One of my favorite planes! I vividly remember seeing camouflage painted F4s flying overhead when I was younger......tons of black exhaust trailing behind them. It was a common event but I always stopped to watch no matter what I was doing. For me, there's just something about the styling of that plane. I appreciate it's classy lines as much as a '57 chevy. In my area, when the F4s stopped flying all you saw was A7 corsairs... looked like a flying pelican. :blink:

 

:packin heat:

Phantom_04.jpg

Phantom_09.jpg

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  • 1 year later...
Guest Phantom Lover
I kinda have a soft soft in my heart for the F-4. I can't claim anything as cool as being a Phantom Phixer though... I just watched 'em fly around the area when I was growing up. Our local ANG unit, the 136th FIS, (now all but defunct) flew the F-4 during most of the 1980s and into the early 90s, when they converted to the Electric Jet. Soon thereafter they converted again... to tankers... and became the 136th ARS. Just recently they lost all their aircraft and have became an associate unit, although I don't know much more than that. But that's for another thread...

 

Anyhoo, here's the most well-known F-4 to serve with 'Rocky's Raiders'... F-4C 64-0660. Or, as she's more commonly known, '660'.

 

Here she is in the ADC gray scheme...

 

660Falls002.jpg

Mike Kopac photo

660Falls003.jpg

Mike Kopac photo

And shortly after joining the unit, still in SEA camo...

 

660Falls001.jpg

David F. Brown photo

As you can see, '660' is a triple MiG-Killer. Her victories were as follows:

 

May 12th, 1966 - MiG-17 - Maj. Wilbur R. Dudley & 1Lt. Imants Kringelis - 390th TFS, 35th TFW

May 14th, 1967 - MiG-17 - *Maj. Samuel O. Bakke & Capt. Robert W. Lambert - 480th TFS, 366th TFW

June 5th, 1967 - MiG-17 - Maj. Durwood K. Priester & Capt. John E. Pankhurst - 480th TFS, 366th TFW

 

* I have conflicting info as to the crew for the second kill. One source states Bakke/Lambert, while another indicates Hargrove/DeMuth.

Here's a few earlier shots of '660' while with other units...

September 1979, 58th TFTW(TTW?), Luke AFB

 

660LA001.jpg

Cliff Bossie photo

 

660LA002.jpg

Cliff Bossie photo

April 16th, 1970, 35th TFS, 347th TFW, unknown location

 

660GG001.jpg

Photo credit: unknown

And here she is today... back in Niagara Falls, but sadly on a stick. Hopefully someday she'll be finished in more accurate markings to reflect her period of service with the 136th. (The 'ZZ' markings were introduced after the outfit had converted to the F-4D.)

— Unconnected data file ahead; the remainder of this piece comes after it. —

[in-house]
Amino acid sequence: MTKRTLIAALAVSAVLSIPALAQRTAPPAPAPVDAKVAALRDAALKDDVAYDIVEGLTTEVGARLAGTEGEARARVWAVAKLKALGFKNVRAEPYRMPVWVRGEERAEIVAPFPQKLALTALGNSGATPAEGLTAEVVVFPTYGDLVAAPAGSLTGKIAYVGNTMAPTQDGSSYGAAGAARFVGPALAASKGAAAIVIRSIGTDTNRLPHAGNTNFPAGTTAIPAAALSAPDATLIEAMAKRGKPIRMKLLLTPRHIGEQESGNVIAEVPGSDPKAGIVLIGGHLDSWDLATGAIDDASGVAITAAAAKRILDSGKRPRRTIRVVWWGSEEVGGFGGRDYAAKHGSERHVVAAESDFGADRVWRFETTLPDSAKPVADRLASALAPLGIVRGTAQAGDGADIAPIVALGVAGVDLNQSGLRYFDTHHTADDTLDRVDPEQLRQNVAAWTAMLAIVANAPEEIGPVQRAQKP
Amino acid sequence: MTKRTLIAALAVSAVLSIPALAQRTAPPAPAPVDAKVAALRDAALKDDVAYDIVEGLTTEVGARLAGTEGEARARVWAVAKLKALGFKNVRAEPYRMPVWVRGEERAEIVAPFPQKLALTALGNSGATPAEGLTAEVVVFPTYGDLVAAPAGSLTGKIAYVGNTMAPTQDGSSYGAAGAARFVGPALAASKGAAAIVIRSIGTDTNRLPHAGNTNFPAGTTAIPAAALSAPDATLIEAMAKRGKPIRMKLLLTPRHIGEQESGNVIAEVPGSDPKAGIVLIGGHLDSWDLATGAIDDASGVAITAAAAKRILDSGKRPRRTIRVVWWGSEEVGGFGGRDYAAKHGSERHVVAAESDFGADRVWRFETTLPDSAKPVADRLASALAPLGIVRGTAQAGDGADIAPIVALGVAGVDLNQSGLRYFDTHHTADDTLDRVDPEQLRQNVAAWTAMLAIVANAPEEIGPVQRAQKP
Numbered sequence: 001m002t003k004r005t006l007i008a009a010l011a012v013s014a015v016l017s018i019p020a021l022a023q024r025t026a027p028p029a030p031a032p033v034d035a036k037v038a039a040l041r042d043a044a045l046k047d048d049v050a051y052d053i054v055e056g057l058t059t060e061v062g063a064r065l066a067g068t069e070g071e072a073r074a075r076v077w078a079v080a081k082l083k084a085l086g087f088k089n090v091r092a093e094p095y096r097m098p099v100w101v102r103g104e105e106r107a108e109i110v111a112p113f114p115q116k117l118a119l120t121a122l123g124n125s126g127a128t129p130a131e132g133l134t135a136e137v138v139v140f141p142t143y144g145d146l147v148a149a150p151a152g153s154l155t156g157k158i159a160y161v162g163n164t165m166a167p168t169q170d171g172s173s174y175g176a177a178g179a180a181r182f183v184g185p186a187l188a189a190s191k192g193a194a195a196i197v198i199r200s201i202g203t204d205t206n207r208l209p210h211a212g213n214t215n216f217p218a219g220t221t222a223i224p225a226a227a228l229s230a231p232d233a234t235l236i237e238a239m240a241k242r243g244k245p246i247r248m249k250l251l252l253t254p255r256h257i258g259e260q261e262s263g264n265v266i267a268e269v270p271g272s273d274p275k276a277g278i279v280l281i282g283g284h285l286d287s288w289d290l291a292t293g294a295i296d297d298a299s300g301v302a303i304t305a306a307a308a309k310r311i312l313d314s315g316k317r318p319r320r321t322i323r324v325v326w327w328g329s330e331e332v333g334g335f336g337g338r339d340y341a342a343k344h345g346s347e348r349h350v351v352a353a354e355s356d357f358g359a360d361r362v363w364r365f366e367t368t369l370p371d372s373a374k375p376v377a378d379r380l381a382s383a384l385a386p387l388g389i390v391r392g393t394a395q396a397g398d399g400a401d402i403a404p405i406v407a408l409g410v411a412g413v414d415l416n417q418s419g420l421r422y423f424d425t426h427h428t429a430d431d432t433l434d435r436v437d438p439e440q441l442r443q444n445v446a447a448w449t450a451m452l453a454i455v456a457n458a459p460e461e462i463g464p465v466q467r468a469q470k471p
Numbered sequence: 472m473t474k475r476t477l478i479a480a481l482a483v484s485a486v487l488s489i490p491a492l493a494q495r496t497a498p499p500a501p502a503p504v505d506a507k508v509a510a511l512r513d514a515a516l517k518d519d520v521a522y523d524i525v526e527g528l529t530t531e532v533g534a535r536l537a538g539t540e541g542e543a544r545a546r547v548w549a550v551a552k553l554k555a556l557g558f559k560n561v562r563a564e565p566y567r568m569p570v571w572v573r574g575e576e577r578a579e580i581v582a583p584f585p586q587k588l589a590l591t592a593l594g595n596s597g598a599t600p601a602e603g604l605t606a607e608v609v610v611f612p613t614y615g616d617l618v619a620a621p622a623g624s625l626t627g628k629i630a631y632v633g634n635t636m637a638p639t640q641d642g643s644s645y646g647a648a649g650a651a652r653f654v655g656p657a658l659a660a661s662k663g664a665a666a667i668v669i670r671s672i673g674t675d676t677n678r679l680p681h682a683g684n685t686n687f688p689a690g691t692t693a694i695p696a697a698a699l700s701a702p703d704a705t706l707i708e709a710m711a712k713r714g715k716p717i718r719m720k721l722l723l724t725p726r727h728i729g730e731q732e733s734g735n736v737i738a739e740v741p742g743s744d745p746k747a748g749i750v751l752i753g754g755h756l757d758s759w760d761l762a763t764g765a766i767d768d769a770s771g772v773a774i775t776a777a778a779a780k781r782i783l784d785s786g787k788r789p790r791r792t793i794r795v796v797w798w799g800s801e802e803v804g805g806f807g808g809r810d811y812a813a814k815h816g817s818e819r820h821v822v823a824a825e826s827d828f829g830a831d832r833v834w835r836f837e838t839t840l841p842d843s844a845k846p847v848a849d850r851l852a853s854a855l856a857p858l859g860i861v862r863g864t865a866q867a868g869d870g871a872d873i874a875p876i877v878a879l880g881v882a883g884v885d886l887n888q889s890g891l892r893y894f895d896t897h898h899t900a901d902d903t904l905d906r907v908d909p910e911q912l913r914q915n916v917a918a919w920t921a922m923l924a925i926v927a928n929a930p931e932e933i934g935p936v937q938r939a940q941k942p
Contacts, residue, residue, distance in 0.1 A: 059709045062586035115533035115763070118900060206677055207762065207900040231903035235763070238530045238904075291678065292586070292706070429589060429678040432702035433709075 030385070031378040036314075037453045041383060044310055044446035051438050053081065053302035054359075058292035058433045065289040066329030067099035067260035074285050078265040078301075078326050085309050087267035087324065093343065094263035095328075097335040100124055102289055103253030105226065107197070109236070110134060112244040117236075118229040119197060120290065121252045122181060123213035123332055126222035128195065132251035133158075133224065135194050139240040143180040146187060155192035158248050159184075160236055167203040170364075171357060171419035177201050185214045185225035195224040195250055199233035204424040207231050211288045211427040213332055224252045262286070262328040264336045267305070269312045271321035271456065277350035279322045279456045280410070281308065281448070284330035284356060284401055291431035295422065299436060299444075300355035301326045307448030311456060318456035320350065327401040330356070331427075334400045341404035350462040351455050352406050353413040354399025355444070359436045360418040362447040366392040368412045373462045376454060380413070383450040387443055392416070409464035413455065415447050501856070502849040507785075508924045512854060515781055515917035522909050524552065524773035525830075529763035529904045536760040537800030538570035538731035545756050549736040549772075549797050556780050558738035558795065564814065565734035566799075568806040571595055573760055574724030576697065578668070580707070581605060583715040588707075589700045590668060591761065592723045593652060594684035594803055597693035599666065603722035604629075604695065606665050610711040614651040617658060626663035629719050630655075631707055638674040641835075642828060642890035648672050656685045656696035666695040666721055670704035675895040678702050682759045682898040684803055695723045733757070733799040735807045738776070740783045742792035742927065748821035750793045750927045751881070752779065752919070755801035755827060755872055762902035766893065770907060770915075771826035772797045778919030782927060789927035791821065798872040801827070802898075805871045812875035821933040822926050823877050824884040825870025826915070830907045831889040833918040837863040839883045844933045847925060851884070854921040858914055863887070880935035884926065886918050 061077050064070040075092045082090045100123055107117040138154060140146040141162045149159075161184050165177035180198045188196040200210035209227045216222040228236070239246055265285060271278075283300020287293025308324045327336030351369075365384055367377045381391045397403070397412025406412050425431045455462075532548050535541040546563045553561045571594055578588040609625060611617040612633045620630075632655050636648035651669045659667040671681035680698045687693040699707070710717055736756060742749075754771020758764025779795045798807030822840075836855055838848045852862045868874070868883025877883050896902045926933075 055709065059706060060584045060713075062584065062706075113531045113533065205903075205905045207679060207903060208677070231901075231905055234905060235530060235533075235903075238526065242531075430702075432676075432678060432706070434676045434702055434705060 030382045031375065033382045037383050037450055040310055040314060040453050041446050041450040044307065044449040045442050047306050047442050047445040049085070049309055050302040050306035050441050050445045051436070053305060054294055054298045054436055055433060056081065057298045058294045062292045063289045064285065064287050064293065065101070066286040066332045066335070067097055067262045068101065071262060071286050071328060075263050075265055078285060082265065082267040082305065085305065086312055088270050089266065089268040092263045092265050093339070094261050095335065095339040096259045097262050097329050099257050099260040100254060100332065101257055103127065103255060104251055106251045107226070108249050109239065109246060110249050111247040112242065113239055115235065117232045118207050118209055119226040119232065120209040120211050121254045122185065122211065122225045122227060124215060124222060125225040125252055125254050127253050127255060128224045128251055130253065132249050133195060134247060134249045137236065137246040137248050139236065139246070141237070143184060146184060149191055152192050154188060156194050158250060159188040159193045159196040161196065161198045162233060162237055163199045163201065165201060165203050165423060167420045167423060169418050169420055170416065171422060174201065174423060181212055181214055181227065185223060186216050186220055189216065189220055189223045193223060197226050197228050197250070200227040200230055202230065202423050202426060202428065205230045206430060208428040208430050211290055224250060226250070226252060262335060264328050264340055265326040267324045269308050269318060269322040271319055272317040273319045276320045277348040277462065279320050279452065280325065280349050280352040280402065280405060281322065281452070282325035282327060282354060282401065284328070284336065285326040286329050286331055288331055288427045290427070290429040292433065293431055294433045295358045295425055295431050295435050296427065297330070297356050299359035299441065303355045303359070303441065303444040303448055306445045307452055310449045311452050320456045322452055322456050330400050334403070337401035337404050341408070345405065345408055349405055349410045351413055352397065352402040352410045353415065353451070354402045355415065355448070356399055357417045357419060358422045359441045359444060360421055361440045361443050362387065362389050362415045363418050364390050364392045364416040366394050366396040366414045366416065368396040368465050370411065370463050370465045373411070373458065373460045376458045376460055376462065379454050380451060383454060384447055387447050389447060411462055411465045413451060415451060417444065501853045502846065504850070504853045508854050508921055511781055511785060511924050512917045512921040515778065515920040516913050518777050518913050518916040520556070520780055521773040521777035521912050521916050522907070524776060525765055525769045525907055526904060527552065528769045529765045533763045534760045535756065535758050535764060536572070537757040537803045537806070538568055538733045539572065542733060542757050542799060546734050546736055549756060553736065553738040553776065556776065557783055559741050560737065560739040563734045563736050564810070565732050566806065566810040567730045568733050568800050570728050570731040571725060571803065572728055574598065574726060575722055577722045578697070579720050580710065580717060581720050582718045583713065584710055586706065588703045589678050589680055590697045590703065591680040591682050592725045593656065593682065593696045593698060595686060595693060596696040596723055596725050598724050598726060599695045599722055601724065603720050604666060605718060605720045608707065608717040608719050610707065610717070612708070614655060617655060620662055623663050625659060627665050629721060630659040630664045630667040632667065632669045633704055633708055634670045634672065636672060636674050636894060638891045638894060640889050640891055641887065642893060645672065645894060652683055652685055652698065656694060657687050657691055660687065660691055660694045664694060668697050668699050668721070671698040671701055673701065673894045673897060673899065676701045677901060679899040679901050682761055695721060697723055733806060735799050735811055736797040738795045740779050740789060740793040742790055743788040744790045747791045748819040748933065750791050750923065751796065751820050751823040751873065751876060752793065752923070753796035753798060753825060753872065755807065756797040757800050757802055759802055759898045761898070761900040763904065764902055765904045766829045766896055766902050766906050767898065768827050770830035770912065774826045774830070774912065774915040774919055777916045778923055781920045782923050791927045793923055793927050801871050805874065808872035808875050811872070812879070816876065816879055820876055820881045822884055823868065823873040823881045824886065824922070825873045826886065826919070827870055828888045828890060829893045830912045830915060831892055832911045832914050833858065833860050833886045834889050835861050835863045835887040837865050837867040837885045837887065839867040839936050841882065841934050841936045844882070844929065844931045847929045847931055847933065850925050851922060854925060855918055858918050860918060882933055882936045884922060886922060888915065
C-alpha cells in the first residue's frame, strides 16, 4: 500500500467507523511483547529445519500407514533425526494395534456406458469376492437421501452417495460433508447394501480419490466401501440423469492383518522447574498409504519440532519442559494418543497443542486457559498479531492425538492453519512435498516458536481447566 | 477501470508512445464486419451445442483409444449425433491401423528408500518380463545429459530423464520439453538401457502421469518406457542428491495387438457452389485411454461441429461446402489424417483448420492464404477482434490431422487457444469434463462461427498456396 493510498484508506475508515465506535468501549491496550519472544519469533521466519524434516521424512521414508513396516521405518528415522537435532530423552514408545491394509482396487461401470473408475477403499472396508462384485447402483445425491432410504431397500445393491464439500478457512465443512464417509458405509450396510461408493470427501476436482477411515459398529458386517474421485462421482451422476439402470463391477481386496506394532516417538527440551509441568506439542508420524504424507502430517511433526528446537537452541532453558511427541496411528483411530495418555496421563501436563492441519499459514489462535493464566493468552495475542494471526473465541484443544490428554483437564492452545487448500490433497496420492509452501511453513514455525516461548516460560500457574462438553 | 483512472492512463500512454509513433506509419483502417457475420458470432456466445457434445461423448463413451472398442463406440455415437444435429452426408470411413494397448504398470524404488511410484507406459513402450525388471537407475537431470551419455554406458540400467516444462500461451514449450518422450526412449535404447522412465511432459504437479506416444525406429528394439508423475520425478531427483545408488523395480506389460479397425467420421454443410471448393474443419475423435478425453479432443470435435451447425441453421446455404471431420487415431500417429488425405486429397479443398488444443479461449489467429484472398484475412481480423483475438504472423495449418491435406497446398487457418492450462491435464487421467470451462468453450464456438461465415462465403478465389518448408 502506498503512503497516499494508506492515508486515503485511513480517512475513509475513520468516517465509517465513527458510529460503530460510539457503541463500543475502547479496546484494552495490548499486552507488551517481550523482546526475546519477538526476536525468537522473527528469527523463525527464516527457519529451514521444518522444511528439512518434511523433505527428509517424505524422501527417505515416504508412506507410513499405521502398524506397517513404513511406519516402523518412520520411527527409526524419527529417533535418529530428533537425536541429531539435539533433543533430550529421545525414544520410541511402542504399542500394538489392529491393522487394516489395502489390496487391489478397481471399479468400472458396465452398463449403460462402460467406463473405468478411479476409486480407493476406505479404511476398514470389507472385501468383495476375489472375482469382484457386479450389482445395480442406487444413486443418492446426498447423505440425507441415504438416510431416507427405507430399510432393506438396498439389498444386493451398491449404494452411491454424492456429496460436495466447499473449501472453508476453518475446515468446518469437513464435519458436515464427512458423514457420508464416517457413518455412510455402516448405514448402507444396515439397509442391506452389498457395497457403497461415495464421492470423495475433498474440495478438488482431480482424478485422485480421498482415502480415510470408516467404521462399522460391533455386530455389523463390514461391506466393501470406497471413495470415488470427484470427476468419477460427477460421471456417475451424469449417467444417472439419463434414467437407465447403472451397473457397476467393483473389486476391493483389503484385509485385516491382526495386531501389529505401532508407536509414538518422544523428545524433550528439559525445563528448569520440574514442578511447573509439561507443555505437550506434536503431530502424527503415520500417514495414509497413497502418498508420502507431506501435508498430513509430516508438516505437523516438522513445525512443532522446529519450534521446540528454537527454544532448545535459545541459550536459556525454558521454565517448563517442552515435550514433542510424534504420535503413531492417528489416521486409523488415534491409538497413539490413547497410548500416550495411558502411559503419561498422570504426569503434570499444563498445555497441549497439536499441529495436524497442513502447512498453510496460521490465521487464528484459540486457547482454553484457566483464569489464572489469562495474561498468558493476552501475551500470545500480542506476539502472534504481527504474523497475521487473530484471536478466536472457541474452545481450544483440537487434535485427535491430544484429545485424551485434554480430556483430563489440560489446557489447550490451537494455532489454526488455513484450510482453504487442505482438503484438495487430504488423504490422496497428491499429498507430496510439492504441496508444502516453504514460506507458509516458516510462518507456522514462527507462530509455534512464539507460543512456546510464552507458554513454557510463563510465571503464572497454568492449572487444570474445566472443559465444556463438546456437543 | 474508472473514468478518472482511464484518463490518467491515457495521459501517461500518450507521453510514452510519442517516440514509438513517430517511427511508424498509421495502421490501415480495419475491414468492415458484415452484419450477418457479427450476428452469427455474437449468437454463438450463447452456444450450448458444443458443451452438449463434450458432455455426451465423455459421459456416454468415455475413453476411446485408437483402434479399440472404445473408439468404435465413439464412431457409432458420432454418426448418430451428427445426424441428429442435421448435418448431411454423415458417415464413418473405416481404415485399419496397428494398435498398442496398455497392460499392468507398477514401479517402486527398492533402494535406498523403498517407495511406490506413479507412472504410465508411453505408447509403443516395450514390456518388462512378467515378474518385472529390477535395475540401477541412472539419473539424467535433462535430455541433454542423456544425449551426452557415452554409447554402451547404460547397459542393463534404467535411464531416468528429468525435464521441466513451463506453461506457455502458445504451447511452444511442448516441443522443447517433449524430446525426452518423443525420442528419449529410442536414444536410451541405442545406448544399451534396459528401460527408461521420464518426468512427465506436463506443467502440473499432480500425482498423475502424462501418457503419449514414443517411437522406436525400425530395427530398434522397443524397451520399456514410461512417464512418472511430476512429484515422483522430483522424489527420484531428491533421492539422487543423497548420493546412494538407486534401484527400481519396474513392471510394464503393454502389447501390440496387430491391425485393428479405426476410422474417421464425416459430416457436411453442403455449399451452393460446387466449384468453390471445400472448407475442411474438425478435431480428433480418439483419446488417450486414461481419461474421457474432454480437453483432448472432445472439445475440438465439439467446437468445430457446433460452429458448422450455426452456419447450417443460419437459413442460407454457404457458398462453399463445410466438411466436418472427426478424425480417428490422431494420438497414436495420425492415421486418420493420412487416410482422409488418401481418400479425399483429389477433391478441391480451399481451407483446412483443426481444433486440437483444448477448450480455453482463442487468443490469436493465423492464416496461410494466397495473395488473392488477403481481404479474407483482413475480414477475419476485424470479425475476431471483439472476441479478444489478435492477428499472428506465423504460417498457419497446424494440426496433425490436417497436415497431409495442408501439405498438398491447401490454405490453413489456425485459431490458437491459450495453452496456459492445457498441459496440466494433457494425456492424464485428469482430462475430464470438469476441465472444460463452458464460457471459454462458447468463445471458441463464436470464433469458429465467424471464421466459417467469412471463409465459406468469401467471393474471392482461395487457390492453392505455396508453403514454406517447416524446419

660Stick.jpg

Marty McGuire photo

PHANTOMS PHOREVER!!!

Fade to Black...

 

As a crew cheif with 347 TFW in 1970 and 71 the picture of 660 was most likely taken at Yokota AB Japan.

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  • 3 years later...

This picture is from the Sept. 1964 issue of National Geographic and was in an article about the Chesapeake Bay area . Aircraft are from the USS Independence

post-70300-0-52685000-1387920108.jpg

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Although I favor the F-111F, the F-4 was a classy jet; especially loaded to the "gills" with missiles & bombs. It was the first Air Force aircraft I ever loaded. Back in 1978 I loaded an AIM-7 and the SUU-23 gun pod. Liked the "E" model the best. I have a friend who flew them with the 308th TFS. Loved when the F-110 entered USAF service with the air defense grey scheme, my favorite of all paint jobs.

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  • 4 weeks later...

Here are some pics of F-4's I have come across in my travels. I hope they come out OK as I had to keep cutting down the image size to get them to fit after I scanned them!

 

This one is at the Wisconsin Military Museum at Volk Field. The manager of that museum is a member here on the Forum, he might be able to shed some light on what is going to happen with all their aircraft there on static display, as last I heard the museum was closing.

 

post-440-0-91553700-1390177877.jpg

 

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For the life of me, I just do not recall where this picture was taken from! I may have actually bought it somewhere, I just had NO recollection. May have come from a friend or relative too. Anyone? Looks like a Navy aircraft, but not much for markings on it.

 

post-440-0-72763700-1390178157.jpg